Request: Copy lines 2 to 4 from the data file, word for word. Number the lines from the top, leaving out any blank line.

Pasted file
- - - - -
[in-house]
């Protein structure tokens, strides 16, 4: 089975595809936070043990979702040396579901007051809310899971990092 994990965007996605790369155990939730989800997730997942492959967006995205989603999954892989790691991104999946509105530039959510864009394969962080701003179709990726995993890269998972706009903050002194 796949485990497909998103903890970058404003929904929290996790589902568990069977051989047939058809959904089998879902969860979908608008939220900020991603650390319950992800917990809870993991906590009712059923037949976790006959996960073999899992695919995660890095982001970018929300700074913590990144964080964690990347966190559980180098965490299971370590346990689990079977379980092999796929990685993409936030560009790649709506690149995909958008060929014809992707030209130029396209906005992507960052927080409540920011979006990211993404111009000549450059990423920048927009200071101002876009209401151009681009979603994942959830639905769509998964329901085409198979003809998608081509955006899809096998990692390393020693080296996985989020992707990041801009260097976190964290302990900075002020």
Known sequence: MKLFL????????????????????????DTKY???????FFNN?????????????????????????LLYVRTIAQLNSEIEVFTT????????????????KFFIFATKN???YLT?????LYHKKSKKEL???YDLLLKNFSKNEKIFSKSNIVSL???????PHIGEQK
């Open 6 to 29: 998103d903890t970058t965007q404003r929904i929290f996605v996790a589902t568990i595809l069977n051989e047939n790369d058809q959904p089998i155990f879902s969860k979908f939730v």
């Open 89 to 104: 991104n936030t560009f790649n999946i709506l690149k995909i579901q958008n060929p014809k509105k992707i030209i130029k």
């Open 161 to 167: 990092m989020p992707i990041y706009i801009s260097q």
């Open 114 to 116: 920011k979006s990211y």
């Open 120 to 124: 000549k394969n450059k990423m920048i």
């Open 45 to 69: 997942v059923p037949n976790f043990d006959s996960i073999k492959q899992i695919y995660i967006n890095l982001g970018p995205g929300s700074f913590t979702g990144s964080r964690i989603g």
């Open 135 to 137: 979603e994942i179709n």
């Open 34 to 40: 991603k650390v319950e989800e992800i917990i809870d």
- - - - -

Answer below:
């Protein structure tokens, strides 16, 4: 089975595809936070043990979702040396579901007051809310899971990092 994990965007996605790369155990939730989800997730997942492959967006995205989603999954892989790691991104999946509105530039959510864009394969962080701003179709990726995993890269998972706009903050002194 796949485990497909998103903890970058404003929904929290996790589902568990069977051989047939058809959904089998879902969860979908608008939220900020991603650390319950992800917990809870993991906590009712059923037949976790006959996960073999899992695919995660890095982001970018929300700074913590990144964080964690990347966190559980180098965490299971370590346990689990079977379980092999796929990685993409936030560009790649709506690149995909958008060929014809992707030209130029396209906005992507960052927080409540920011979006990211993404111009000549450059990423920048927009200071101002876009209401151009681009979603994942959830639905769509998964329901085409198979003809998608081509955006899809096998990692390393020693080296996985989020992707990041801009260097976190964290302990900075002020």
Known sequence: MKLFL????????????????????????DTKY???????FFNN?????????????????????????LLYVRTIAQLNSEIEVFTT????????????????KFFIFATKN???YLT?????LYHKKSKKEL???YDLLLKNFSKNEKIFSKSNIVSL???????PHIGEQK
């Open 6 to 29: 998103d903890t970058t965007q404003r929904i929290f996605v996790a589902t568990i595809l069977n051989e047939n790369d058809q959904p089998i155990f879902s969860k979908f939730v």